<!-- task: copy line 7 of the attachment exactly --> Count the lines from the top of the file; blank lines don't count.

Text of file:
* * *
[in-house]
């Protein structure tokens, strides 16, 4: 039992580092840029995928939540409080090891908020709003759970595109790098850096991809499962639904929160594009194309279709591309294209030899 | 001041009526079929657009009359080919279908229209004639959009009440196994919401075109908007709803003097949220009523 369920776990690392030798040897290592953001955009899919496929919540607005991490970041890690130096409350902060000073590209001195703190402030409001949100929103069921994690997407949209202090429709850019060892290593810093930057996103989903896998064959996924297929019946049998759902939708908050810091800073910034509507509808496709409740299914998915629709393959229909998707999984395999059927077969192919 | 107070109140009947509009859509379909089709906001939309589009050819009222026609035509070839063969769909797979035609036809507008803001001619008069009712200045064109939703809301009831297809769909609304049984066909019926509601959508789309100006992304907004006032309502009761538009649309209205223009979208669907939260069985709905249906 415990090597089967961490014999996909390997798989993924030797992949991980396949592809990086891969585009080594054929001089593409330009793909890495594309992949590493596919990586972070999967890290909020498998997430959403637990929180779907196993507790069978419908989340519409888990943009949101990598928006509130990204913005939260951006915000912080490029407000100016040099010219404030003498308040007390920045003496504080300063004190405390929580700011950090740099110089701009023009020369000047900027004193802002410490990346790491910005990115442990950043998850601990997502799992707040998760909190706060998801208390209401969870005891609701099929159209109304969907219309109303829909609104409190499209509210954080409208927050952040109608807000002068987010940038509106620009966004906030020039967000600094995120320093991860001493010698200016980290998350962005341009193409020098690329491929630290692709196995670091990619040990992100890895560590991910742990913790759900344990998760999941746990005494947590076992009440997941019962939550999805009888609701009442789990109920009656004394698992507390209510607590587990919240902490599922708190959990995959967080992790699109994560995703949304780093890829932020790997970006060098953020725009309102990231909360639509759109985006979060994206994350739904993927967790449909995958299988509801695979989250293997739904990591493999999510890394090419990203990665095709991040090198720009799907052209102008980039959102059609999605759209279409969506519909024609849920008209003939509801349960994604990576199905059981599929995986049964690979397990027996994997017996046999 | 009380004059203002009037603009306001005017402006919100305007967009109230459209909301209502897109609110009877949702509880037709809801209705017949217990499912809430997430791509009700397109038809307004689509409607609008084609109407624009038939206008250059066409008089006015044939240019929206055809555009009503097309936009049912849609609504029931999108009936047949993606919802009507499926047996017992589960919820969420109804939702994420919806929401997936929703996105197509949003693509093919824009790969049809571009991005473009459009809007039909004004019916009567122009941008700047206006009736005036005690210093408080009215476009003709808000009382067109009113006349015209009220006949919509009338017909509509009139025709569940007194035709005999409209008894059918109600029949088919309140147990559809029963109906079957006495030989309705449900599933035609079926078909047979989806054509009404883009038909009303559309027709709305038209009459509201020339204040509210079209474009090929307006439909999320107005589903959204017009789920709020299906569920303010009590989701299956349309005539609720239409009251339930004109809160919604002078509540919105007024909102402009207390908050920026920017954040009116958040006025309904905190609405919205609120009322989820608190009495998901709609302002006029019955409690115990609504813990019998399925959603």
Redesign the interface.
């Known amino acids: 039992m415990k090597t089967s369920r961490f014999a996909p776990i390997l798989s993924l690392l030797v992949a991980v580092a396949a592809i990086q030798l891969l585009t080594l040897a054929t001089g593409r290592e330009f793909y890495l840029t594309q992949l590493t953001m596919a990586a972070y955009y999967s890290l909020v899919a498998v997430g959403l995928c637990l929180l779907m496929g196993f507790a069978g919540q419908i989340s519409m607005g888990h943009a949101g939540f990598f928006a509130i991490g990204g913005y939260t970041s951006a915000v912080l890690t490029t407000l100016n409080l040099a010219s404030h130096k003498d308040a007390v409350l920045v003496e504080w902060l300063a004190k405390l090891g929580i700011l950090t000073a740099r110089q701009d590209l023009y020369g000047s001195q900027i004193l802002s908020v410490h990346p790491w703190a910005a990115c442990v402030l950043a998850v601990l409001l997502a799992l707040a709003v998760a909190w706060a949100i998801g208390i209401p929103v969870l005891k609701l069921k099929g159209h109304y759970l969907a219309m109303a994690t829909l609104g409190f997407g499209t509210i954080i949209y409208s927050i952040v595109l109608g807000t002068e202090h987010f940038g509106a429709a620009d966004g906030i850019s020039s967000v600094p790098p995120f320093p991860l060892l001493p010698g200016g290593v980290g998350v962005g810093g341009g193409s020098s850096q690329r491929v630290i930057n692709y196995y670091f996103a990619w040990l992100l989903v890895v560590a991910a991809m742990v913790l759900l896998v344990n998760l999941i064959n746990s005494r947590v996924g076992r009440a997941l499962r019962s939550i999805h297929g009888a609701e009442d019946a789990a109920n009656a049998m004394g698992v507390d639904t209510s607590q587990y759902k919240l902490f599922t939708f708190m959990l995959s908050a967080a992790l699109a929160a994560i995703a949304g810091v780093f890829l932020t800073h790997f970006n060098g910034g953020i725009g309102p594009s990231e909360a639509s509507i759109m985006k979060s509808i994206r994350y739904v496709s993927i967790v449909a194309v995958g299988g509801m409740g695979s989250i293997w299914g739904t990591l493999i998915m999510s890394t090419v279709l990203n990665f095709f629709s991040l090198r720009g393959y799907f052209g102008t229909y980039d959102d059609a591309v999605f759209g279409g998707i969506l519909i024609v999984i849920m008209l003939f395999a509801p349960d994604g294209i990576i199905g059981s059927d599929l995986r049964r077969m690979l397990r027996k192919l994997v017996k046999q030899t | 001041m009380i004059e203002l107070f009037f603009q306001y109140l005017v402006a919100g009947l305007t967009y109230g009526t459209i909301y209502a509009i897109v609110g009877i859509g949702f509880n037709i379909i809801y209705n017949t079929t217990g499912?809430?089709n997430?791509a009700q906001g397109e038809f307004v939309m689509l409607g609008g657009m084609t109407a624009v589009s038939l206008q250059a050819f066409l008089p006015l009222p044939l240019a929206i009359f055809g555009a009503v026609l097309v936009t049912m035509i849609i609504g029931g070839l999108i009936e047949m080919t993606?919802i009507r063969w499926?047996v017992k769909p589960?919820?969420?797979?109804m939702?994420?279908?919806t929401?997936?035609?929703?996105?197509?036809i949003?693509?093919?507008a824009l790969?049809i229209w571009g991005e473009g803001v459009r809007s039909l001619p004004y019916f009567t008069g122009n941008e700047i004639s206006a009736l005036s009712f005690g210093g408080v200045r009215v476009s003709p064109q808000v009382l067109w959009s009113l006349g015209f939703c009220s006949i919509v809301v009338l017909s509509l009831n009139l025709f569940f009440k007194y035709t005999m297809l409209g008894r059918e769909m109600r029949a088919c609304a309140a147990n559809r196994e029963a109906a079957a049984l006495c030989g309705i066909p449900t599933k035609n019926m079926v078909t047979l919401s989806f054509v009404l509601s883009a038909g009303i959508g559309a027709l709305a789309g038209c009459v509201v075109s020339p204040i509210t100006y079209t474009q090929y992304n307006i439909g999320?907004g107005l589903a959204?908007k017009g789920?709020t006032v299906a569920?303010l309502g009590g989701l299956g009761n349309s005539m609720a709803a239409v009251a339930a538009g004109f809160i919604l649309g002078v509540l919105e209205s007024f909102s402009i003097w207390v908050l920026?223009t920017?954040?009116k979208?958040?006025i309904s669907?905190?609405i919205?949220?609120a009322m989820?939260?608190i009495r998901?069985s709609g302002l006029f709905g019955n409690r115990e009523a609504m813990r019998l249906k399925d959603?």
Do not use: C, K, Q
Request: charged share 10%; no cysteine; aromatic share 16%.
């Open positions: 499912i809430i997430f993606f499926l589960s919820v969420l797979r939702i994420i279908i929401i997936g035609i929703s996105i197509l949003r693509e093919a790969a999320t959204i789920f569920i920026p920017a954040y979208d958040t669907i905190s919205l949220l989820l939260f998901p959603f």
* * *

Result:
């Open positions: 499912i809430i997430f993606f499926l589960s919820v969420l797979r939702i994420i279908i929401i997936g035609i929703s996105i197509l949003r693509e093919a790969a999320t959204i789920f569920i920026p920017a954040y979208d958040t669907i905190s919205l949220l989820l939260f998901p959603f």